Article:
Precision medicine promises to turn the medical framework on its head. Rather than only testing therapies to determine whether they are safe and effective for ‘most’ before they are available to ‘all,’ precision medicine applies technology to big data to investigate whether therapies will be effective, and, almost as important, will not be effective, for the individual.
The hope is that with tailored, ‘personalized medicine’— another common name for precision medicine — patients will respond to targeted therapies, and patients will avoid (more often) all too common onerous, often damaging treatment regimens. The reason this is so important is that diseases are unique to the individual; diseases progress differently in different people, and treatments that are effective for one person may fail altogether for another.
What if we had a barcode unique to each of us that would determine exactly what therapy might work? Well it turns out there is such a barcode called DNA (and its closely related friend RNA). Precision medicine increasingly is leveraging advances in big data to analyze large amounts of genomic data and apply the understanding gained to individual diseases and treatment. For hundreds of years the engine of medicine has been the clinical trial, which asks the central question of, what is effective for ‘most’ people. Genomic data, and the technology developed to compute, analyze and understand this data, is becoming the engine of medicine going forward.
Sixteen years ago the human genome was first assembled and published on the internet by leading researchers at UC Santa Cruz (David Haussler and Jim Kent of the nascent Genomics Institute)— and we all thought, ‘voila’, but alas timing is everything in life. Using genomics to help guide therapy in a patient is not new. What is new is the vision to share and consolidate all the cancer genomic data so everyone can share the scientific and technical knowledge for the benefit of each new patient. By many measure we are now at a point of understanding more and more of that code on a monthly basis, and it’s accelerating. Building on the publishing of the human genome, UC Santa Cruz’ Genomics Institute is pursuing several initiatives in precision medicine particularly for childhood cancer and adult breast cancer.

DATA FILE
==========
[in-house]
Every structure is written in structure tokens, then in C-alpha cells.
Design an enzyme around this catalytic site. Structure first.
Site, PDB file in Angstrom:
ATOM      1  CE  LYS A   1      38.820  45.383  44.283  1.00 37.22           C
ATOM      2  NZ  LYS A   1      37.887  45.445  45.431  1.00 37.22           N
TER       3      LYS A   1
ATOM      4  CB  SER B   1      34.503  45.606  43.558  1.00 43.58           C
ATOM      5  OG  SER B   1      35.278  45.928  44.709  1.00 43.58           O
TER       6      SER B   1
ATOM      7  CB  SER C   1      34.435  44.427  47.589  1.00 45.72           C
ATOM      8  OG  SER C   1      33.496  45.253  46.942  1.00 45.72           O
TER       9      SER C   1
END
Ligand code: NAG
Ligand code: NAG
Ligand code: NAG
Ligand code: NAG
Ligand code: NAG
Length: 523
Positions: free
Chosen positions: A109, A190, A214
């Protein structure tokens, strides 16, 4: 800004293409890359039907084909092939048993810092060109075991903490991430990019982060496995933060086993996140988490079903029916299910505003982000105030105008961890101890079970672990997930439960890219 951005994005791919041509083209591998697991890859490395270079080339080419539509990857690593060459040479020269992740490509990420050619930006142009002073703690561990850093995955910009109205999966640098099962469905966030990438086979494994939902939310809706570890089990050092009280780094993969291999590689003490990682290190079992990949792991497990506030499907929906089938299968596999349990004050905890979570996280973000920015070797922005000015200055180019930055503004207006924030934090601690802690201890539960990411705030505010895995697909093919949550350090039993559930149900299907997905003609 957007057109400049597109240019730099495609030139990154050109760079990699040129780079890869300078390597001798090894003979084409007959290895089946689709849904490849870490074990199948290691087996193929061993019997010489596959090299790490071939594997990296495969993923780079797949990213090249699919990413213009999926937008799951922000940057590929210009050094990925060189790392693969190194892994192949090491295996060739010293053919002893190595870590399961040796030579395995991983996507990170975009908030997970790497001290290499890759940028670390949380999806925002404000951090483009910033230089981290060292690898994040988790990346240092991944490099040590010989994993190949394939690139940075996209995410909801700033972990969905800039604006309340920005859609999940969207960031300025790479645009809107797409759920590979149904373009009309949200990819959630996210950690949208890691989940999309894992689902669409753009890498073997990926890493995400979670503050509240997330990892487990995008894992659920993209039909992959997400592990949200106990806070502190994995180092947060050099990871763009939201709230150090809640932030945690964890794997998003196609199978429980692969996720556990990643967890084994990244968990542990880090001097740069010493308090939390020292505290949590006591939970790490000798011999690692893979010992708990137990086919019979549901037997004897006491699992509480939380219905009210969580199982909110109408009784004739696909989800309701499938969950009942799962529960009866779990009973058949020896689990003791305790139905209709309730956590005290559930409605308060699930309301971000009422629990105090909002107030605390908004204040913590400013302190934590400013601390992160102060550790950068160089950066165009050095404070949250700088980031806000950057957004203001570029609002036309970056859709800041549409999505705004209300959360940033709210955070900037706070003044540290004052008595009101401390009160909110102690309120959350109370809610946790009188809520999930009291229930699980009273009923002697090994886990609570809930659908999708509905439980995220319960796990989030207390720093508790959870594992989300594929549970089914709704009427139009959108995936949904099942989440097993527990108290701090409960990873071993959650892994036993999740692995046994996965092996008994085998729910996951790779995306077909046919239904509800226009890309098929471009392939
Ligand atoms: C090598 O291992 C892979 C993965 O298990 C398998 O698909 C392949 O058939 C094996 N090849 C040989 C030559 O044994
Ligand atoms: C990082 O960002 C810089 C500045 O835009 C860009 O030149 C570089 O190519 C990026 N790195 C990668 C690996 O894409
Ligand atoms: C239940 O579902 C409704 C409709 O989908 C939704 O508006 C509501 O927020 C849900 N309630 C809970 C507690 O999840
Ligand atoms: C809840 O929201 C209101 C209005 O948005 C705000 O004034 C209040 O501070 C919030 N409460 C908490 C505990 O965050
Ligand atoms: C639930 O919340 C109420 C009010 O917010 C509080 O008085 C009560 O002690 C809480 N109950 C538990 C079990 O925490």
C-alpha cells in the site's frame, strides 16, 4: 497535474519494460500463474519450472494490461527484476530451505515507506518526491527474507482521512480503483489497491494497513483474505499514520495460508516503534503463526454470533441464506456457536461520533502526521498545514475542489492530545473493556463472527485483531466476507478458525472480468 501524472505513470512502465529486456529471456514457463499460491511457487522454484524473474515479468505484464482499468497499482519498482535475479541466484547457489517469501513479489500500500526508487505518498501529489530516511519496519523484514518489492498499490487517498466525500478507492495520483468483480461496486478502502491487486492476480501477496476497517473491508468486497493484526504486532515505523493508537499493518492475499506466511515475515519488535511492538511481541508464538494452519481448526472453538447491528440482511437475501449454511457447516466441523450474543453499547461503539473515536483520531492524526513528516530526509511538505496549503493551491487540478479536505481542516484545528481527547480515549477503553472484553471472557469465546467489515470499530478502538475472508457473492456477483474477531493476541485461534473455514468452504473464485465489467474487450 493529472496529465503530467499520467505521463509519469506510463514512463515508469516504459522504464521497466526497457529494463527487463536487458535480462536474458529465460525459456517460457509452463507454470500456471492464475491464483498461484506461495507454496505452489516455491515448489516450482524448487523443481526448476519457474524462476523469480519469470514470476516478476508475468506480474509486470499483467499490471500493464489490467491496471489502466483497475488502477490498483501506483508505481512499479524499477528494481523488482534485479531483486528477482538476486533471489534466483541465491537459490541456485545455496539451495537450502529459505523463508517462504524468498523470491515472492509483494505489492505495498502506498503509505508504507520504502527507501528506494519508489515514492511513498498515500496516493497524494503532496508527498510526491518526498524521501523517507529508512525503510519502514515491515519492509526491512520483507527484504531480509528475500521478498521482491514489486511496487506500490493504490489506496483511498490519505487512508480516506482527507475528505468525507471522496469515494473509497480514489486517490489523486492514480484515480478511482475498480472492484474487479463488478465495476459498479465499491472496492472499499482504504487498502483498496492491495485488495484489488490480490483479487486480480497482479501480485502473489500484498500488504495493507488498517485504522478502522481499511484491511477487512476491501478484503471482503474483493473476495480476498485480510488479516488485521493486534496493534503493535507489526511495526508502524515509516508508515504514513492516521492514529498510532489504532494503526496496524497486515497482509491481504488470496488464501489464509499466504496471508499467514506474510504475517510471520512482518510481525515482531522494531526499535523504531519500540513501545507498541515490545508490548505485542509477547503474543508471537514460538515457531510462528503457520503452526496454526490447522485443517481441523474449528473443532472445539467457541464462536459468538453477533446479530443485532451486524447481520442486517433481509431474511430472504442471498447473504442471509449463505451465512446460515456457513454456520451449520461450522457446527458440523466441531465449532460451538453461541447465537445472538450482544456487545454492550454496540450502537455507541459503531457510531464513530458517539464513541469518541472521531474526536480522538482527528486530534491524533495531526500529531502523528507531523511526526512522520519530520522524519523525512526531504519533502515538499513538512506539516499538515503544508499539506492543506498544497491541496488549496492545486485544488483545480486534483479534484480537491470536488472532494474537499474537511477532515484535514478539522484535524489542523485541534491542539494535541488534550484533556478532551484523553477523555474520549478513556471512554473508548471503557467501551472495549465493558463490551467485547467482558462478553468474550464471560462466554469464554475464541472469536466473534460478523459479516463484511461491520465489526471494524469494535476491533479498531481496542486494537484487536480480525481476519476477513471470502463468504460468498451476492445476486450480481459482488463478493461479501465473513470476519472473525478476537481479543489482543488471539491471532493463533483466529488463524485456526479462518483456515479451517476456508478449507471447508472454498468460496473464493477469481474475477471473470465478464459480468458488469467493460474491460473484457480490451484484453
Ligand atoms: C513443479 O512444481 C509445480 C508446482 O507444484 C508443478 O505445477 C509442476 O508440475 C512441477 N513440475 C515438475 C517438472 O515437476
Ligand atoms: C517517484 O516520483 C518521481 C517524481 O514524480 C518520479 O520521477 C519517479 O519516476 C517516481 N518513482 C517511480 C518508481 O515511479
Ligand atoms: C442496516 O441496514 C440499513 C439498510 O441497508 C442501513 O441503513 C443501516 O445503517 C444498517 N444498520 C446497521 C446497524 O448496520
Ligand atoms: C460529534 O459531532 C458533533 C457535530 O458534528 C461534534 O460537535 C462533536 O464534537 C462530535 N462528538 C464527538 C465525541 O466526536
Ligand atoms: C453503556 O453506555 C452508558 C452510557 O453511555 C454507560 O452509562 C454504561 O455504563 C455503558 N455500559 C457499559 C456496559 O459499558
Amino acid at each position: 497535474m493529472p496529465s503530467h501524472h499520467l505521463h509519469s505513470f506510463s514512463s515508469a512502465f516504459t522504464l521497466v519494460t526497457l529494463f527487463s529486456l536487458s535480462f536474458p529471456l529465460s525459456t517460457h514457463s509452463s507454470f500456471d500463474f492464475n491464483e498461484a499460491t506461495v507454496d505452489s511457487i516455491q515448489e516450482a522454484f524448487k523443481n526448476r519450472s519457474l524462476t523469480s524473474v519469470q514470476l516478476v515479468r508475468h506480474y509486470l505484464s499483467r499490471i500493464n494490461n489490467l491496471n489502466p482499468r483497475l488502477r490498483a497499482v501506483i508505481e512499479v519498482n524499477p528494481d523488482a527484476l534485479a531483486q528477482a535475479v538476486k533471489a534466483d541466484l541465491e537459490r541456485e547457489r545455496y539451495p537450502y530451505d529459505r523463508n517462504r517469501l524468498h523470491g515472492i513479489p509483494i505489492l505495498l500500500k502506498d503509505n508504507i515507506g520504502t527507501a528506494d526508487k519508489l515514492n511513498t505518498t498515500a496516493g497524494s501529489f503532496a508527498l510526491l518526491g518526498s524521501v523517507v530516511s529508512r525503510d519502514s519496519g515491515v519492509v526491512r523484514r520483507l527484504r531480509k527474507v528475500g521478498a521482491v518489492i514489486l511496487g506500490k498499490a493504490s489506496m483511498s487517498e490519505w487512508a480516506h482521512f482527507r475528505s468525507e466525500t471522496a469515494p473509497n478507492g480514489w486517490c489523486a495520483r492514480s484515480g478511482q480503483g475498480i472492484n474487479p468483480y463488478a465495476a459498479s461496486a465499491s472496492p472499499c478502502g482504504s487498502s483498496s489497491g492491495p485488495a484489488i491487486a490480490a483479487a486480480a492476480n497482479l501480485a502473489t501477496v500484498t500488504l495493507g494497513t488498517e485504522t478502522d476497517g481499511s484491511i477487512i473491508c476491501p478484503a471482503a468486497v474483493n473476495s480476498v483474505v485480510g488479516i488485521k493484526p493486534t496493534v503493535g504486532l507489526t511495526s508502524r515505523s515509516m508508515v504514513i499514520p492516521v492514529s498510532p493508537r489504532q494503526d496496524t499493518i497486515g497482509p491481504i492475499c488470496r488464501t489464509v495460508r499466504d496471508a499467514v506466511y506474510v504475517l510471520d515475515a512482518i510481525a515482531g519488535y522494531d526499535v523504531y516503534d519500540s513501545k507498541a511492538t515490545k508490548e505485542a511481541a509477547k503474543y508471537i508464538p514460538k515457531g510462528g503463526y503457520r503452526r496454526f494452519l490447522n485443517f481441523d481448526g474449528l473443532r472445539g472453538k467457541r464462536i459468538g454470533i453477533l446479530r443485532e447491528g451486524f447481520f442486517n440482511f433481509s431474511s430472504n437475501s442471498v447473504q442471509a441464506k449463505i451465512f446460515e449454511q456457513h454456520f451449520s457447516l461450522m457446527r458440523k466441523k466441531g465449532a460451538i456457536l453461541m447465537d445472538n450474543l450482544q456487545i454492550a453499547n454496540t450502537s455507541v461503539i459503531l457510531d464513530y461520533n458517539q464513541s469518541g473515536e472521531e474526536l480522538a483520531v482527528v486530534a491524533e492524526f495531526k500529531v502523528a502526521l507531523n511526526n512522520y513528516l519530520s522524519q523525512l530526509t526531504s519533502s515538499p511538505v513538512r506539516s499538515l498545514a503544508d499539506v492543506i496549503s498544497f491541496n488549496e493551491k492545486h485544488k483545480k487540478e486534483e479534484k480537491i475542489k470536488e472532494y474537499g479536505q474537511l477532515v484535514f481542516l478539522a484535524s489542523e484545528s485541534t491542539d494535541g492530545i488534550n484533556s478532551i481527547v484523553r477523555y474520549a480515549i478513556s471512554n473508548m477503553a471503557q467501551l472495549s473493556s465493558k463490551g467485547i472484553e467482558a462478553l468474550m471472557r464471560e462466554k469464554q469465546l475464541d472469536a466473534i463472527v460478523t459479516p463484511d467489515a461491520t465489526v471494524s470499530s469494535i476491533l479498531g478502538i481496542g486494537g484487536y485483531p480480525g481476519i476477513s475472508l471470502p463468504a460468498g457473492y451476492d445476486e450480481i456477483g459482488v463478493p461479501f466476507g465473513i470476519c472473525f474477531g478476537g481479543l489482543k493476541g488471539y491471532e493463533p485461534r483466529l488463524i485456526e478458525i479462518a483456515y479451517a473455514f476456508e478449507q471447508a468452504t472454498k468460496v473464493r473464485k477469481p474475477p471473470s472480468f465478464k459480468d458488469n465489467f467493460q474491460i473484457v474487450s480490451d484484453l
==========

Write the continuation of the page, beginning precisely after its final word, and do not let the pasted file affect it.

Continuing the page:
At the Treehouse Childhood Cancer Initiative, researchers are identifying potential treatments for children with cancer who would otherwise have no therapeutic options. They do this through precision medicine, leveraging large genomic databases. Treating cancer—and particularly cancer in children—is a problem of genomic data analysis as much as medicine. Using a precision medicine approach, researchers and their computer engineering counterparts deploy technologies to gain genomic insights from large datasets of genomic material. Treehouse has a database of 11,000+ tumor gene expression profiles—publicly available to researchers everywhere—against which it compares a child’s tumor. At the bottom of this process are algorithms mathematically similar those that Amazon uses to find products you may like based on those you’ve purchased. By finding other tumors, Treehouse can gather clues as to what is going wrong with the cells, and using different automated analyses of big data clinical trials and FDA drug approvals, can determine whether promising therapies exist. This allows the team to discover actionable individualized leads for treatment possibilities for kids who, most often, have run out of possibilities.
Eventually by sharing data and outcomes from patients worldwide researchers will have vast information about the effectiveness of therapies and risks of disease across individual characteristics. Precision medicine not only leads to information when the disease has progressed, but it also can point to individual vulnerabilities to inform life choices. Innovations in breast cancer research, reaped by precision medicine, offer good examples. One of the most well-known of these is BRCA—a ‘mistake’ in our ability to repair DNA replication errors. Two genes, BRCA1 and BRCA2, have over 20k different ‘variants.’ Some are harmless, but others increase your lifetime risk of cancer to almost 70 percent. Today, finding out whether you have one of these is very easy—for $250 you can spit in a cup and 10 days later learn your BRCA variants are. However, more often than is comfortable, the variant discovered is unknown, or rather the implications of it are unknown. Using precision medicine computational approaches, there is a worldwide effort to transform the ‘unknown’ to ‘known’.
This model can apply to all cancers, and eventually to all diseases. A new initiative known as the Cancer Gene Trust is working to generalize the virtuous cycle that the BRCA Exchange began. The Cancer Gene Trust is gathering information about all tumors and, as in Treehouse, advocating for the sequencing of tumors. By paving the path for the genomic information on the tumor to be ‘exhausted’ in real time from the clinic into a global database, a virtuous cycle is made possible. Every patient’s data cannot only be used to the good of the patient, but can be added to an ever-expanding database of information, to help the next patients, and then the next.